There is perhaps no other area of debate that has as many disparate and conflicting views as the topic of “Weight Loss”.
Today, hundreds, if not thousands of different dietary approaches exist, all attempting to provide dieters with the solution to permanent weight loss. Interestingly, most of these dietary approaches are authored by highly trained medical professionals, qualified doctors who lay claim to empirical research and related “science” to substantiate their particular approach to weight loss.
And yet, in spite of the abundance of medical supported, dietary advice currently available, obesity remains a fast-growing global epidemic, and one that is showing little sign of slowing. Also, the medical fraternity is still unable to reach absolute consensus on that elusive “ideal diet”. We just need to look at the “Diet” section of any book store, to see that within the medical dietary community, there are as many advocates for a “High Protein” approach, as there are for a “High Carbohydrate” dietary approach…as there are for a “Low fat” approach…not to mention numerous other approaches
The USA, Australia, South Africa and UK continue to experience increases in obesity, as well as similar increases in diabetes and cardiovascular disease, both also related to poor nutrition.
With all these conflicting dietary views, anyone attempting to lose weight can be forgiven for being at a complete loss as to which diet to follow or which approach is indeed best.
Clearly, a “back to basics” approach is needed – a common-sense, no-nonsense approach to weight loss. A set of simple, practical “rules” designed to provide direction for those trying to lose weight.
The following 5 “rules” are the result of 20 years experience in dietary and weight-loss counseling. They are rooted in logic and positive experience, and will benefit most dieters who have, and perhaps still are, struggling to lose weight.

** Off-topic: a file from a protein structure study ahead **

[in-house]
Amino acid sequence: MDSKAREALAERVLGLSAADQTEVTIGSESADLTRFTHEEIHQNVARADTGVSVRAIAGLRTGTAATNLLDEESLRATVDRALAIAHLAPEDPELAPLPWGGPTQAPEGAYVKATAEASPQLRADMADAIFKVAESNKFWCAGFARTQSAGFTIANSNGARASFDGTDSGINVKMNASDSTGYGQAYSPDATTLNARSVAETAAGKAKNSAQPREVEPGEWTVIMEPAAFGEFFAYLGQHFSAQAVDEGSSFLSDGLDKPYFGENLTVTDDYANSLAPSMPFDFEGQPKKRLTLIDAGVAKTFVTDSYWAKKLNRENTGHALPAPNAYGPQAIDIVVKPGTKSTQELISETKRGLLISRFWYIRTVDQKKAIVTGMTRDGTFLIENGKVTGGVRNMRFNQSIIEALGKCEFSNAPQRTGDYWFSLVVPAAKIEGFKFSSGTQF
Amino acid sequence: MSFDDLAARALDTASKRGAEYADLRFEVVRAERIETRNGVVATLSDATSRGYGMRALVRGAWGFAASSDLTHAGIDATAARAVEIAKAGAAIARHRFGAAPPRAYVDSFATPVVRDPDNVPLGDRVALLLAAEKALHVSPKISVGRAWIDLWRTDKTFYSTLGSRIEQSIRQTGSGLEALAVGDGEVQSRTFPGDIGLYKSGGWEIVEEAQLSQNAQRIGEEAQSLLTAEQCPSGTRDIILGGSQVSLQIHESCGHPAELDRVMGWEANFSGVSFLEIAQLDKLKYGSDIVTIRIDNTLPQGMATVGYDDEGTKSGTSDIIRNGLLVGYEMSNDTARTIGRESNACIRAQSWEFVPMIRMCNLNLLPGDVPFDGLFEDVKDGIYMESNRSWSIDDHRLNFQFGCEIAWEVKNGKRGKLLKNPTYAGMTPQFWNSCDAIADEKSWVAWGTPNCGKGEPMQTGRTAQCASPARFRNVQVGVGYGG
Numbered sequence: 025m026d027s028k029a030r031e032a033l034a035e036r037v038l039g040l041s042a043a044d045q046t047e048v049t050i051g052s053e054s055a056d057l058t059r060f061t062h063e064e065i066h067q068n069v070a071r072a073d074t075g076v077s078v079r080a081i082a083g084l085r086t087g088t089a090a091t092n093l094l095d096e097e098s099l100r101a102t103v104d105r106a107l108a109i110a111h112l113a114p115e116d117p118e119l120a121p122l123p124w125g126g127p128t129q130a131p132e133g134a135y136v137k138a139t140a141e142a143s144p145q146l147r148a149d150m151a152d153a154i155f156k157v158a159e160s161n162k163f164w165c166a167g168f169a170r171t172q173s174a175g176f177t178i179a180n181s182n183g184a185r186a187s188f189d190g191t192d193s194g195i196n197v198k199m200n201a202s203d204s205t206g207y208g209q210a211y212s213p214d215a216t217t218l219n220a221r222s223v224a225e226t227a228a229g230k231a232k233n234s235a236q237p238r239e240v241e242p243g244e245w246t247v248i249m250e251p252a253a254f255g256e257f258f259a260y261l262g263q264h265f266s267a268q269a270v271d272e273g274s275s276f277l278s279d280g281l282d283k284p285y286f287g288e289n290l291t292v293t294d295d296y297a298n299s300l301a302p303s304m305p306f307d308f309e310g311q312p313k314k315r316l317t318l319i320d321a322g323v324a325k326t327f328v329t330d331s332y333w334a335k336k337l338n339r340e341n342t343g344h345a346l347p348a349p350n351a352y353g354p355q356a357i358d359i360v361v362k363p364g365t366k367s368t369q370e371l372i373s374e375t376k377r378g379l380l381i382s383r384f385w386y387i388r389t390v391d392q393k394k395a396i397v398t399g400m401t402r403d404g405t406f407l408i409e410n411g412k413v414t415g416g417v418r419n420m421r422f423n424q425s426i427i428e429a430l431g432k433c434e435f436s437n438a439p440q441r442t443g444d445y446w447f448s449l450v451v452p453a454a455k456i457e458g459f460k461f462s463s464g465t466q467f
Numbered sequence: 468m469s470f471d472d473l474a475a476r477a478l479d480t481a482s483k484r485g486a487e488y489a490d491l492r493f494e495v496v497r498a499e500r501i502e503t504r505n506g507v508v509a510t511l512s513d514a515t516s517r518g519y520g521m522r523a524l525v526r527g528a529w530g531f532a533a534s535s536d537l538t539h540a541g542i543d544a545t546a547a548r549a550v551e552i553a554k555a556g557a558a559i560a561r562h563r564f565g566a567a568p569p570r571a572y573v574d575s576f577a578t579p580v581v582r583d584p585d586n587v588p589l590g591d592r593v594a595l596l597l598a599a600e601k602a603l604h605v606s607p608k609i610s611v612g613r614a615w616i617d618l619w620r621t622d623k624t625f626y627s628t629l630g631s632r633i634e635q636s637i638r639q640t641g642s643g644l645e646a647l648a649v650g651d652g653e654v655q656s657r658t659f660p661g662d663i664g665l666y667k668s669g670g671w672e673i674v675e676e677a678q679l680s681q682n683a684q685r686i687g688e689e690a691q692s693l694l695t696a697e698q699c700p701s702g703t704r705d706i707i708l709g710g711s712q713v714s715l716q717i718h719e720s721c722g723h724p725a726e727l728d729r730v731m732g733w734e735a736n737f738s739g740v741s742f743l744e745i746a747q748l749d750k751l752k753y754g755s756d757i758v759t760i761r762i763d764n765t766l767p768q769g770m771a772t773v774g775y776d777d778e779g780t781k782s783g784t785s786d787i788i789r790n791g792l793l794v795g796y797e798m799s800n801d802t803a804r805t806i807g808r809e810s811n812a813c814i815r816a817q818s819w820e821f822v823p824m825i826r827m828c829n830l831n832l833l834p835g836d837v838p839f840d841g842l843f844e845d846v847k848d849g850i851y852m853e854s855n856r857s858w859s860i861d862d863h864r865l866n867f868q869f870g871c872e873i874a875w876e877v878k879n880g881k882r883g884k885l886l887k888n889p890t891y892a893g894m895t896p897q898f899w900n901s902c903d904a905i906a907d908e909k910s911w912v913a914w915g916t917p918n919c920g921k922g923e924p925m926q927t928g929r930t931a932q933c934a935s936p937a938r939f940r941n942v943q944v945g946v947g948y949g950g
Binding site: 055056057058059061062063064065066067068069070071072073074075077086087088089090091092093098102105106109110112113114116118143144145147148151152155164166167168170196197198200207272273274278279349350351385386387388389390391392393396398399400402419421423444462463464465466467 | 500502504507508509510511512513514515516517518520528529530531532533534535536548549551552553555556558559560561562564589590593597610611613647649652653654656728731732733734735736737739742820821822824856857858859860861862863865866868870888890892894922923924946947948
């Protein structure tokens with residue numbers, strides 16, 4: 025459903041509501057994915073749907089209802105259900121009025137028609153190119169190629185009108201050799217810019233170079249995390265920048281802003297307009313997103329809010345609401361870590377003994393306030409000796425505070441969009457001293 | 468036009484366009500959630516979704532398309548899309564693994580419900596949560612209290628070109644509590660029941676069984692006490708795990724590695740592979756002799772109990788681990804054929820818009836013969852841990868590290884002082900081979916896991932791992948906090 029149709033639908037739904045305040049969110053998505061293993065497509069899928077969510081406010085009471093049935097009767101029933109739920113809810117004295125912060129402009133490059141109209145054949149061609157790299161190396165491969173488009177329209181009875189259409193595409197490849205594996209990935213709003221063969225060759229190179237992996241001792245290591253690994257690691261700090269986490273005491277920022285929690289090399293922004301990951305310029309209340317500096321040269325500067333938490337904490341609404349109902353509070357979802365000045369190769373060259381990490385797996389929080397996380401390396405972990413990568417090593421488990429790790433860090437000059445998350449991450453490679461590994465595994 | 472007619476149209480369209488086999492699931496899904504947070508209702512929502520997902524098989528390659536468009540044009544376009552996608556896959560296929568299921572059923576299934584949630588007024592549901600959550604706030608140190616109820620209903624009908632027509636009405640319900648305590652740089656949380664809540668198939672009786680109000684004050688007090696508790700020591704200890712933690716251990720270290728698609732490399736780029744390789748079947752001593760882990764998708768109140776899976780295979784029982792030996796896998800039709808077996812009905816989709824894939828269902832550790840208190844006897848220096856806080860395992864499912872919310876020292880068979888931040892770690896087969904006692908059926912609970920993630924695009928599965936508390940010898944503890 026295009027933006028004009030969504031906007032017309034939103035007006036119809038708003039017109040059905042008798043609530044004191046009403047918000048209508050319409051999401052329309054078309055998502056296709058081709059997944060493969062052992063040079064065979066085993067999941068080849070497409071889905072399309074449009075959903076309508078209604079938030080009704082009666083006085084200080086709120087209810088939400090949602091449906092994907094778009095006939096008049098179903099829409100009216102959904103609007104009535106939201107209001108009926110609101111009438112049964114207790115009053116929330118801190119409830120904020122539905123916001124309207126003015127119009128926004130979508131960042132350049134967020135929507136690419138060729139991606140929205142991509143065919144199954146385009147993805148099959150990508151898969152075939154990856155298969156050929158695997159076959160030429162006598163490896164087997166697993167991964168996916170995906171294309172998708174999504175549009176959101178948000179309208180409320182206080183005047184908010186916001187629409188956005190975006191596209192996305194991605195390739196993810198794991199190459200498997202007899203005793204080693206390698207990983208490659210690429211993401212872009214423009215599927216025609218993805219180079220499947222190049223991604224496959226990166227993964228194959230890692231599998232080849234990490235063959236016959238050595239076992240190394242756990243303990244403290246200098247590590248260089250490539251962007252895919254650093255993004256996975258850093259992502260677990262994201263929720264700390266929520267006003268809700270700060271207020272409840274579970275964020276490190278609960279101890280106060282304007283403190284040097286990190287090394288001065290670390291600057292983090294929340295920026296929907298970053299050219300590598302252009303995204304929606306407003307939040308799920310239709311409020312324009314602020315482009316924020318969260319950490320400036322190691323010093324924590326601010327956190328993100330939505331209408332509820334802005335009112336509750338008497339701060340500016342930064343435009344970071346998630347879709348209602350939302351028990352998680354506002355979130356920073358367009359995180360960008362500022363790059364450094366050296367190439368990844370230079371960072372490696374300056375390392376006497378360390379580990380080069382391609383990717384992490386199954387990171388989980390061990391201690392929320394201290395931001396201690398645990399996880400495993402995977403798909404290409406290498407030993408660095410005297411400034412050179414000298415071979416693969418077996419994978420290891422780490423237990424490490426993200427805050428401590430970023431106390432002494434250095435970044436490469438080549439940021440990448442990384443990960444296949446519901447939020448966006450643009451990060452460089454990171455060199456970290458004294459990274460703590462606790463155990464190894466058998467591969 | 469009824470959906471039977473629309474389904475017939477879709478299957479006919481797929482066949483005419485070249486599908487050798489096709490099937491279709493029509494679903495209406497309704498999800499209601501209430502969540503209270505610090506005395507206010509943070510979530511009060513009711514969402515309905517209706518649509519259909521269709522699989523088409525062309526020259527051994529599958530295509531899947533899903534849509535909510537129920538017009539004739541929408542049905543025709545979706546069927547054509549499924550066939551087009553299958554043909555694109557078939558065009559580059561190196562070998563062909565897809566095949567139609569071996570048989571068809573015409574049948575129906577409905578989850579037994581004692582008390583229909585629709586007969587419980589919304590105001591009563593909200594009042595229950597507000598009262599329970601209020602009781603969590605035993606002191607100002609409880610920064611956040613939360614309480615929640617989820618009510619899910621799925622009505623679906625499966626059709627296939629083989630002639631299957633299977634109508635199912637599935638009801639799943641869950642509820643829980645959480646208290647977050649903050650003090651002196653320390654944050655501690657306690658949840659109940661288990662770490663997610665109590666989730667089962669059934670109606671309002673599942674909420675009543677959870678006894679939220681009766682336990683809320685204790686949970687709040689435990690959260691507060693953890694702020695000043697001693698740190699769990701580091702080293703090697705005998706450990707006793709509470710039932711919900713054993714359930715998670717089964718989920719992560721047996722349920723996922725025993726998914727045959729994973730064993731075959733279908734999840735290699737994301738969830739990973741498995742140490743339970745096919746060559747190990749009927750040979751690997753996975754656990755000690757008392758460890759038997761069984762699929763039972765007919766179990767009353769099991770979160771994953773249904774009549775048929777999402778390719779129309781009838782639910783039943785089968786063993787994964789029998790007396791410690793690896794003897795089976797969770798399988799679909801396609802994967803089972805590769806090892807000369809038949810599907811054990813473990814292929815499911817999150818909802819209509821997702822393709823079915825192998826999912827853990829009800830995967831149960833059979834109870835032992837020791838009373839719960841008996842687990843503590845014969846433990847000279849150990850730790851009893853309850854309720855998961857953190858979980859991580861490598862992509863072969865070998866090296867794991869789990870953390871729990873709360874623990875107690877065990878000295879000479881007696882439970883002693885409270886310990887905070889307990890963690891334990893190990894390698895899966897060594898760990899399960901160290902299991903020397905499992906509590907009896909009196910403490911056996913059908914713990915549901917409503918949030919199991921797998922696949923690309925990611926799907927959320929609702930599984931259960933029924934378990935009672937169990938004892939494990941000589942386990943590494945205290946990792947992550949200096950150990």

The 5 Rules
Rule 1: Don’t Diet – Understanding Why Diets Don’t Work
The statistics prove it.
Dieters seldom remain on any diet for sustained periods of time and it is common for dieters to try one diet after another, only to fail consistently to maintain a diet for the long term (i.e. “Yo Yo dieting).
Q: The reason for this?
For most people, taste and food preferences are already well established, or patterned, by the time they reach adulthood due to eating patterns that are established from early childhood. “Parties”, “Sweet Treats”, “Fun Foods”, “Social occasions”. “Special Occasions”, “Reward Foods” – all contribute to formulating specific food choice patterns, patterns that are extremely difficult to adjust the older we get.
Because most diets are restrictive in some way – promoting the restriction or limiting of certain foods or food groups – to restrict a food that has been patterned from a young age is usually not sustainable, and this is why many dieters invariably find themselves “cheating” – or craving a restricted food.
Dieters need to accept that most restrictive diets are simply not practical or sustainable.
The solution is to develop a diet that provides a sound nutritional foundation…for the long term. And, that does not restrict favourite foods that have been firmly patterned.
Rule 2: Use Common Sense: Natural Vs Man-Made
All foods fall into 2 categories:
1) Foods that are natural or are as close to their natural state – i.e. have had little to no processing
2) Foods that have been processed, adjusted or synthesized by man in some way or form
If you want to lose weight, and improve your health, try to ensure that most food consumed each day is natural or close to natural.
This doesn’t mean creating a diet base purely on raw foods. What it does mean is to aim to base 70% (or two thirds) of total daily food intake on foods that are as close to their natural state as possible – such as:
All Fruits in their whole state, Fruit smoothies (fruits blended with a little juice), Vegetables – raw or cooked; Eggs (Cooked); Meats (cooked); Fish (Cooked or raw, as in sushi); Nuts (raw and unsalted), Milk, or yoghurt.
Logically, for most, these foods are easier for the body to utilize, unlike packaged and processed foods (naturally food intolerances/allergies must be considered too).
By ensuring that most foods that are consumed each day are as close to their natural state as possible, is an easy and practical approach to maintaining good health. The remaining 30% (or one third) of foods consumed should still be healthier choices, but can also include processed and packaged foods, as well as those indulgences and treats that typically lead to weight gain and poor health
Rule 3: Limit Starch – It’s Not Natural
Starch occurs very seldom in nature.
For a starch to exist requires heating or processing of a natural or raw food.